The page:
A new study led by a researcher at the University of North Carolina’s Gillings School of Global Public Health has found that people affected by post-traumatic stress disorder (PTSD) also may experience an unnatural decline or “aging” of their immune systems.
[Photo: A UNC study found that people affected by post-traumatic stress disorder (PTSD) may experience an unnatural decline or “aging” of their immune systems. Photo by U.S. Army/Flickr Creative Commons.]
The study, centered in Detroit, used both PTSD screening and blood samples in its assessment of 85 individuals aged 19 to 83 years. Titled “PTSD is associated with an increase in aged T cell phenotypes in adults living in Detroit,” the study’s lead author is Dr. Allison Aiello, professor of epidemiology at UNC.
Dr. Aiello and co-authors, including Dr. Lydia Feinstein, postdoctoral research associate in epidemiology at UNC, collected data from adults who participated in the community-based Detroit Neighborhood Health Study. The researchers examined the makeup of participants’ T cells.
Thymocyte (T) cells are a type of white blood cell that plays a central role in immunity.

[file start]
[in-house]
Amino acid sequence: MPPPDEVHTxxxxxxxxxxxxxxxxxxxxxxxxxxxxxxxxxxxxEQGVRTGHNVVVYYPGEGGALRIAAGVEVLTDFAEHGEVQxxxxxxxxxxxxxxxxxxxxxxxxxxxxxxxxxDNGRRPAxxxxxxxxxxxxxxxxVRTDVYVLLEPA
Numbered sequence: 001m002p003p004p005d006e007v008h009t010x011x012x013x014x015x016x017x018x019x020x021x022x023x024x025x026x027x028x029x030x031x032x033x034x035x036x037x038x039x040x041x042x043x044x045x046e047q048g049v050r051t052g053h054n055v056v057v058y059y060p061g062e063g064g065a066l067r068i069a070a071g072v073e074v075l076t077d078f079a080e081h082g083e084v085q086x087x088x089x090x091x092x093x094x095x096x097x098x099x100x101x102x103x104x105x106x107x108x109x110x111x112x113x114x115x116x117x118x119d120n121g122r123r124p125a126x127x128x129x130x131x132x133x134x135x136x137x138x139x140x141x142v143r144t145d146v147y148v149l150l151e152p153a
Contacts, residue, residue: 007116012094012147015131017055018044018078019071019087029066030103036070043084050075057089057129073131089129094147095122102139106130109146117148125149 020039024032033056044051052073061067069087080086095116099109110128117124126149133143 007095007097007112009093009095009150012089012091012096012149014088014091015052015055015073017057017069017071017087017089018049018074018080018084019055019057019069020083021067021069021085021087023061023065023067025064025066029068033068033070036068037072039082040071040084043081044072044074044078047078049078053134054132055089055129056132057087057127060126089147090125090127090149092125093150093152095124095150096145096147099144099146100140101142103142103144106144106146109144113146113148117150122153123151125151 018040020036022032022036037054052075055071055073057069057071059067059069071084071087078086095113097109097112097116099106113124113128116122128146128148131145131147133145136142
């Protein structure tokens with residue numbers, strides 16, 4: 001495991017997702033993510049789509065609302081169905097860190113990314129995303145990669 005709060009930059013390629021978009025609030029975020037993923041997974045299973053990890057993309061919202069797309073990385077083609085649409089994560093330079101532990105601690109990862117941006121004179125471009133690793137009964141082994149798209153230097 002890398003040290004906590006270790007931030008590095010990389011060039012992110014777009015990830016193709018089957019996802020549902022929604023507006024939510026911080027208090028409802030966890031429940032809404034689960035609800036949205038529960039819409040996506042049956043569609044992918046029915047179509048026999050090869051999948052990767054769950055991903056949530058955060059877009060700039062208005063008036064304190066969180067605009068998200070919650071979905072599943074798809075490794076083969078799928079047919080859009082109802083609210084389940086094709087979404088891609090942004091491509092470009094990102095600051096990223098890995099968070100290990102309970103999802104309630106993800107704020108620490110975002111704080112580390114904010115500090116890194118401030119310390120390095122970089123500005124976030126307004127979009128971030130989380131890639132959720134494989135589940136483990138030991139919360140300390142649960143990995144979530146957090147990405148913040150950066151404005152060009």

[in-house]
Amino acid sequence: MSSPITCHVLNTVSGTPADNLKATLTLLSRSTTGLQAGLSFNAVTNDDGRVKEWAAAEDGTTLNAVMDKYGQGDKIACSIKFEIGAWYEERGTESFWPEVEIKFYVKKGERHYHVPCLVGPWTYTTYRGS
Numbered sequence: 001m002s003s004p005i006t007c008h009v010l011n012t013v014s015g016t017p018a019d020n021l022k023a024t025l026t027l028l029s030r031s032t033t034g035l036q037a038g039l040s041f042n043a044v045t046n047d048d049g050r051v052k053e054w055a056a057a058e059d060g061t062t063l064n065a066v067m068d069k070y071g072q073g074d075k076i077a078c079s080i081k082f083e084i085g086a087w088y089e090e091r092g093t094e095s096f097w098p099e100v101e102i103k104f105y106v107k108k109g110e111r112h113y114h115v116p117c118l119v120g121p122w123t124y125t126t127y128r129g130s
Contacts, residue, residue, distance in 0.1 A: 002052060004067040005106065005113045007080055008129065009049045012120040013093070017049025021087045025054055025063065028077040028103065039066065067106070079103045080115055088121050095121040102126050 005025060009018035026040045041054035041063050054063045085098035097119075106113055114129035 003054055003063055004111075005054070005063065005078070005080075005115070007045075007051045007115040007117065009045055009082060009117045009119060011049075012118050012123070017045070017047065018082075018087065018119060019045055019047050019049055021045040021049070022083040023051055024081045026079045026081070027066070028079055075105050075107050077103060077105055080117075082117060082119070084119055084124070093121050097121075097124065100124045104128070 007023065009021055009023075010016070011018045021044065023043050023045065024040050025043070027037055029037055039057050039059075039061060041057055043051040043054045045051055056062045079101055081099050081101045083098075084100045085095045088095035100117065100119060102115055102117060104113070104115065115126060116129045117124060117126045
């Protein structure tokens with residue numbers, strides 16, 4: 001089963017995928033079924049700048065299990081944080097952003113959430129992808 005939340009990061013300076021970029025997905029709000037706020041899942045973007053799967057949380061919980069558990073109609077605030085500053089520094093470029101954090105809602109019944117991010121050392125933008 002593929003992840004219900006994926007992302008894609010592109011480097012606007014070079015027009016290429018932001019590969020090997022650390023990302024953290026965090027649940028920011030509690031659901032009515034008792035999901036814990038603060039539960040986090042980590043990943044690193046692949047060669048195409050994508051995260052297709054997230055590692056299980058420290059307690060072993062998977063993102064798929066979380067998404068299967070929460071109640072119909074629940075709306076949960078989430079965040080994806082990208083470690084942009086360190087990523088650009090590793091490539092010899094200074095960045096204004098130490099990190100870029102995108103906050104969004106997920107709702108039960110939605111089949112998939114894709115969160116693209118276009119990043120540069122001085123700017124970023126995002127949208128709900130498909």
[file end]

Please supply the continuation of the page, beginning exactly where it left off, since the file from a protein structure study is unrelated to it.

After adjusting analytic models to account for other factors that can affect the immune system (including age, gender, race/ethnicity, education, smoking status and medication use), the research team found that PTSD experienced within the past year was associated with statistically significant differences in multiple T cell markers of immunological aging.
As people age, the immune system becomes less effective, which is likely the reason cancer is more common among the elderly, and why older individuals have a harder time fighting illnesses such as pneumonia and influenza. In particular, previous studies have shown that the makeup of T cells changes as people get older.
PTSD is a stress-related psychological and physical response to past traumatic events that can manifest in feelings of overwhelming fear and helplessness. It has been linked to autoimmune conditions such as rheumatoid arthritis and psoriasis, suggesting that it may affect the immune system.
The past-year findings of this study suggest that the impact of PTSD on the immune system may be greatest in the period directly following an episode of PTSD symptoms. The researchers found, however, that individuals who had experienced PTSD at some earlier point in their lives also demonstrated differences in several T cell parameters.
“These findings add to the mounting evidence that psychosocial stress is indeed linked with accelerated aging of the immune system,” Dr. Aiello said. “More research is needed to understand exactly how post-traumatic stress changes the makeup of T cells, but it is clear that individuals suffering from PTSD also are likely to experience suppressed immunity.”
The full study was published online in advance of the May print issue of the journal Psychoneuroendocrinology.